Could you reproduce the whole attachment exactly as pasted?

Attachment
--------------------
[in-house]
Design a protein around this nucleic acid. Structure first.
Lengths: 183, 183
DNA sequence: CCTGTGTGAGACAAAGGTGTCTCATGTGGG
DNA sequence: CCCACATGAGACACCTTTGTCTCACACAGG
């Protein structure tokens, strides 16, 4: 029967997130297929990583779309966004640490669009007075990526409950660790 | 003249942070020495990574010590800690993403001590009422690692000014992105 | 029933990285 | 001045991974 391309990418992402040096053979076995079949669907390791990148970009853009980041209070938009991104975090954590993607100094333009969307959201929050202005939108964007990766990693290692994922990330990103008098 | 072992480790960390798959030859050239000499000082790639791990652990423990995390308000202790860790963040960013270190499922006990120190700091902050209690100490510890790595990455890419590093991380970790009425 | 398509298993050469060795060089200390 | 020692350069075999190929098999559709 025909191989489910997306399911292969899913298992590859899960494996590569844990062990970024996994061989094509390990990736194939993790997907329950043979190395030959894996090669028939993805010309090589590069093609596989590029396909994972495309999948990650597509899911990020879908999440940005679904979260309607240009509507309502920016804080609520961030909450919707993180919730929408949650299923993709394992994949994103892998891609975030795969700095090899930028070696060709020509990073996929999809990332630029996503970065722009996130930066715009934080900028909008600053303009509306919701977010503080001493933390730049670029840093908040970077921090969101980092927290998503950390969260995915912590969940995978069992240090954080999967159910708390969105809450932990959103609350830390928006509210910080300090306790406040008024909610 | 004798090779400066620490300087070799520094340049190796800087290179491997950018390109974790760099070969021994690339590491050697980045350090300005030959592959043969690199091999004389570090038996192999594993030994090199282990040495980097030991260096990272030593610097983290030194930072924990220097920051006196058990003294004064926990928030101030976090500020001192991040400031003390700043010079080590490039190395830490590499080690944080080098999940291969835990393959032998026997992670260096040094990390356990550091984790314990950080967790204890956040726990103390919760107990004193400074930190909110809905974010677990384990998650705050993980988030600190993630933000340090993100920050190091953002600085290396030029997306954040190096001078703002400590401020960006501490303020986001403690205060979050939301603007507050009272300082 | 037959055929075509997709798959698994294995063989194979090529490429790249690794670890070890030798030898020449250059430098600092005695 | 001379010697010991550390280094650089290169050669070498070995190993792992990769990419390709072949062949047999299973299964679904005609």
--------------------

[in-house]
Design a protein around this nucleic acid. Structure first.
Lengths: 183, 183
DNA sequence: CCTGTGTGAGACAAAGGTGTCTCATGTGGG
DNA sequence: CCCACATGAGACACCTTTGTCTCACACAGG
């Protein structure tokens, strides 16, 4: 029967997130297929990583779309966004640490669009007075990526409950660790 | 003249942070020495990574010590800690993403001590009422690692000014992105 | 029933990285 | 001045991974 391309990418992402040096053979076995079949669907390791990148970009853009980041209070938009991104975090954590993607100094333009969307959201929050202005939108964007990766990693290692994922990330990103008098 | 072992480790960390798959030859050239000499000082790639791990652990423990995390308000202790860790963040960013270190499922006990120190700091902050209690100490510890790595990455890419590093991380970790009425 | 398509298993050469060795060089200390 | 020692350069075999190929098999559709 025909191989489910997306399911292969899913298992590859899960494996590569844990062990970024996994061989094509390990990736194939993790997907329950043979190395030959894996090669028939993805010309090589590069093609596989590029396909994972495309999948990650597509899911990020879908999440940005679904979260309607240009509507309502920016804080609520961030909450919707993180919730929408949650299923993709394992994949994103892998891609975030795969700095090899930028070696060709020509990073996929999809990332630029996503970065722009996130930066715009934080900028909008600053303009509306919701977010503080001493933390730049670029840093908040970077921090969101980092927290998503950390969260995915912590969940995978069992240090954080999967159910708390969105809450932990959103609350830390928006509210910080300090306790406040008024909610 | 004798090779400066620490300087070799520094340049190796800087290179491997950018390109974790760099070969021994690339590491050697980045350090300005030959592959043969690199091999004389570090038996192999594993030994090199282990040495980097030991260096990272030593610097983290030194930072924990220097920051006196058990003294004064926990928030101030976090500020001192991040400031003390700043010079080590490039190395830490590499080690944080080098999940291969835990393959032998026997992670260096040094990390356990550091984790314990950080967790204890956040726990103390919760107990004193400074930190909110809905974010677990384990998650705050993980988030600190993630933000340090993100920050190091953002600085290396030029997306954040190096001078703002400590401020960006501490303020986001403690205060979050939301603007507050009272300082 | 037959055929075509997709798959698994294995063989194979090529490429790249690794670890070890030798030898020449250059430098600092005695 | 001379010697010991550390280094650089290169050669070498070995190993792992990769990419390709072949062949047999299973299964679904005609």